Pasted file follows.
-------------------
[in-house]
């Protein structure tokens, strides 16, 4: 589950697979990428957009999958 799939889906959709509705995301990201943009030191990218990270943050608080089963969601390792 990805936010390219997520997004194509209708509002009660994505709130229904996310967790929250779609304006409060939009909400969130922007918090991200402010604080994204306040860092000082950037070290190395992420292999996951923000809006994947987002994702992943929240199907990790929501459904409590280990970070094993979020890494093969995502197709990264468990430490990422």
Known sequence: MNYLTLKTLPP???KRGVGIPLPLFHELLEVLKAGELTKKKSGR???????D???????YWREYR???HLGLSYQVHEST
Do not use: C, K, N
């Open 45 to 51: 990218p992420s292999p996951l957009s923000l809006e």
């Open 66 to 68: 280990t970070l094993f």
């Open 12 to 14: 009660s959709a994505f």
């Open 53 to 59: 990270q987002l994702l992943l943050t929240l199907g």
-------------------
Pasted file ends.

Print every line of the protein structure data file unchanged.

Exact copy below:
[in-house]
């Protein structure tokens, strides 16, 4: 589950697979990428957009999958 799939889906959709509705995301990201943009030191990218990270943050608080089963969601390792 990805936010390219997520997004194509209708509002009660994505709130229904996310967790929250779609304006409060939009909400969130922007918090991200402010604080994204306040860092000082950037070290190395992420292999996951923000809006994947987002994702992943929240199907990790929501459904409590280990970070094993979020890494093969995502197709990264468990430490990422």
Known sequence: MNYLTLKTLPP???KRGVGIPLPLFHELLEVLKAGELTKKKSGR???????D???????YWREYR???HLGLSYQVHEST
Do not use: C, K, N
């Open 45 to 51: 990218p992420s292999p996951l957009s923000l809006e």
């Open 66 to 68: 280990t970070l094993f």
């Open 12 to 14: 009660s959709a994505f």
């Open 53 to 59: 990270q987002l994702l992943l943050t929240l199907g």